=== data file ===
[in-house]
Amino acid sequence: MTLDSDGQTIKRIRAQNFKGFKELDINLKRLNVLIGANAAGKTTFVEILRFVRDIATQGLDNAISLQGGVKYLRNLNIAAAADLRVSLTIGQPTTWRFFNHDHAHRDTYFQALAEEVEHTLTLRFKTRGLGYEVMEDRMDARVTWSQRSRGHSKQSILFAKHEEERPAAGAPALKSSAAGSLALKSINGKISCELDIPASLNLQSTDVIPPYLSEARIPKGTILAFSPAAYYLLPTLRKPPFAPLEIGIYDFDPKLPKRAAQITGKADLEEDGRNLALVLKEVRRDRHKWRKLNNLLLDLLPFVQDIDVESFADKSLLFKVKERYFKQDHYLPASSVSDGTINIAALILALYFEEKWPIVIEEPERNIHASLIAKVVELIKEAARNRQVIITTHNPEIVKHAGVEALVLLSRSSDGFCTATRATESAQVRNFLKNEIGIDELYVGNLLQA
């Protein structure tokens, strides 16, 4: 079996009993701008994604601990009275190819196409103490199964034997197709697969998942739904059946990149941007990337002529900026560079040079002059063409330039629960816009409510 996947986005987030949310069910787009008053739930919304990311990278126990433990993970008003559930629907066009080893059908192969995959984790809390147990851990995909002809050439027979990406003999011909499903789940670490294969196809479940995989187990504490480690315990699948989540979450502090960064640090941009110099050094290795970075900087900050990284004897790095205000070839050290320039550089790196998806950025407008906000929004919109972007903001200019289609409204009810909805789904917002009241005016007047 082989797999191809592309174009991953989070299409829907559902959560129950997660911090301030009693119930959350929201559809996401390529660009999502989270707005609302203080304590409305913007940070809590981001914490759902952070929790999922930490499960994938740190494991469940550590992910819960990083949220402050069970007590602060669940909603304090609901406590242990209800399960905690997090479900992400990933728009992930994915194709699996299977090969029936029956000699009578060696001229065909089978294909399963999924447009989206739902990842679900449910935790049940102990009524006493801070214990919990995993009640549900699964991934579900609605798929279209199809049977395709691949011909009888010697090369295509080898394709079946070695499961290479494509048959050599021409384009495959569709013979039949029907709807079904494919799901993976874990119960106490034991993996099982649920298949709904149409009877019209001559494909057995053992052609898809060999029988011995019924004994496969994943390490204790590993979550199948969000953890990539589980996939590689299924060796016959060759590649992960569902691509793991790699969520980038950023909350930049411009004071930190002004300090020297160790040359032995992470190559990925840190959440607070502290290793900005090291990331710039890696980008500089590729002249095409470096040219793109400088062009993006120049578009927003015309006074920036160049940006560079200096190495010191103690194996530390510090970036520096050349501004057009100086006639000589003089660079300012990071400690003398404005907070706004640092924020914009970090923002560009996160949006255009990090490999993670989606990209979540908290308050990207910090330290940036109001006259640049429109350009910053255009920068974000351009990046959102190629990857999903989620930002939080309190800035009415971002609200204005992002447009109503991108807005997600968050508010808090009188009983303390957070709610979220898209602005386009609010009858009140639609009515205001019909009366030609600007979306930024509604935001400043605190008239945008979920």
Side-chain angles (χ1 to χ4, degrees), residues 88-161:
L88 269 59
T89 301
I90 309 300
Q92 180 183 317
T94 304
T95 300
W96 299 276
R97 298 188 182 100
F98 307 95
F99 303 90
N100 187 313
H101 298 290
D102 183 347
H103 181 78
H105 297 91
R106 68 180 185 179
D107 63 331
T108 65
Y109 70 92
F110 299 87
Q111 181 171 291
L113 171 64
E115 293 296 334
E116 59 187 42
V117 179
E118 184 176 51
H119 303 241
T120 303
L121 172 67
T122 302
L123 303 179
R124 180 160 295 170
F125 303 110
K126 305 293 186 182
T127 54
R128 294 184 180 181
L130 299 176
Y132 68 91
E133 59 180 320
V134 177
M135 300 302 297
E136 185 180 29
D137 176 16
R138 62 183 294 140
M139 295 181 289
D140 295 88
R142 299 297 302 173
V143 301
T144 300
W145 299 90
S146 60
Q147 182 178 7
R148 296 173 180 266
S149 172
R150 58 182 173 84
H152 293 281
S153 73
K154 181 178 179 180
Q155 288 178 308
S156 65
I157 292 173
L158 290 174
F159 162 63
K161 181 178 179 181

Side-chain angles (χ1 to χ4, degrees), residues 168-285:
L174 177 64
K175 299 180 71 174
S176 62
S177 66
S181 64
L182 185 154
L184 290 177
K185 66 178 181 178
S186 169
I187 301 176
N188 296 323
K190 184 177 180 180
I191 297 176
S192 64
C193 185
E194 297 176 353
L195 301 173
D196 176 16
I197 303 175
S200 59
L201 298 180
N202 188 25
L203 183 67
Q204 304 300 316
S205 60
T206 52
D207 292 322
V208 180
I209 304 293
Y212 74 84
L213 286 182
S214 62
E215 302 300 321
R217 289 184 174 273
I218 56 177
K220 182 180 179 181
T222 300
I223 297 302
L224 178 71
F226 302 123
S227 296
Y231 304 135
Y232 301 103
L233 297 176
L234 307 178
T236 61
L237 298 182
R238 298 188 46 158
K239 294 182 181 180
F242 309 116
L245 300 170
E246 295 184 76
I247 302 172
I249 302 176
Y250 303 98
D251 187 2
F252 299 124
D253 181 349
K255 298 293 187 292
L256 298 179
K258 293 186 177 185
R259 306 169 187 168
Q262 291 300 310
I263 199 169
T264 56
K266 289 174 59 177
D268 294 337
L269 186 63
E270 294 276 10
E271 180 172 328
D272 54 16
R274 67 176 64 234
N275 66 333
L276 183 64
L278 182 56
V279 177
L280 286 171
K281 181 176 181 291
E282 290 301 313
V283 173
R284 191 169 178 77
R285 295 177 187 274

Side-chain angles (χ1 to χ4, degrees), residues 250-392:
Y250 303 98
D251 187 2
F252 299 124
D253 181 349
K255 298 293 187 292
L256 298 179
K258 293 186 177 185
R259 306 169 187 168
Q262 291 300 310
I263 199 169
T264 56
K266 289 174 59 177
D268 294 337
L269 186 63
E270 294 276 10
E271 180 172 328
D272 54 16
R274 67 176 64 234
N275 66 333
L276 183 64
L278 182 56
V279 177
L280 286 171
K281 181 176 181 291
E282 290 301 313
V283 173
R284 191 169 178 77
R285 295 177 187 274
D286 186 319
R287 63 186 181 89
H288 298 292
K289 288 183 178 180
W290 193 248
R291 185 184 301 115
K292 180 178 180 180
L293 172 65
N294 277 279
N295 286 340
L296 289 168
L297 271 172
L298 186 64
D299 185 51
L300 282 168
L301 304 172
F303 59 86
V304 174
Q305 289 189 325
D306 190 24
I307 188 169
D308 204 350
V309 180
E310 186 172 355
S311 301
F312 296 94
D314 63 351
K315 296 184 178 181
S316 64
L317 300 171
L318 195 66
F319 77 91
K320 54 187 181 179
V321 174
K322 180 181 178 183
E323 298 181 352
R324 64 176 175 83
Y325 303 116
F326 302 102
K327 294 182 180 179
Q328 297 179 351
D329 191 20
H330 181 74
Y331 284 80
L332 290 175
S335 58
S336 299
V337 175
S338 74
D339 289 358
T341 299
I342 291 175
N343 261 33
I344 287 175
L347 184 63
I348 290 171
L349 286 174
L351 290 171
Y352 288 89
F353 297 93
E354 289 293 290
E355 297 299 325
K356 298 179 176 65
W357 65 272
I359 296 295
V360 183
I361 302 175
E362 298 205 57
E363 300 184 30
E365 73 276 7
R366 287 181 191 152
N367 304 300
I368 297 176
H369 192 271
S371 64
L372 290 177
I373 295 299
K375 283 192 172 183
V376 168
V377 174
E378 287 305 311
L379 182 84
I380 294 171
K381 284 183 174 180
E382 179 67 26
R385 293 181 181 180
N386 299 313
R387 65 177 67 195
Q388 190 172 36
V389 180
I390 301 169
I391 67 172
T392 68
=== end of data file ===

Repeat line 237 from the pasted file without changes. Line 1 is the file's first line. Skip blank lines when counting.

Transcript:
L349 286 174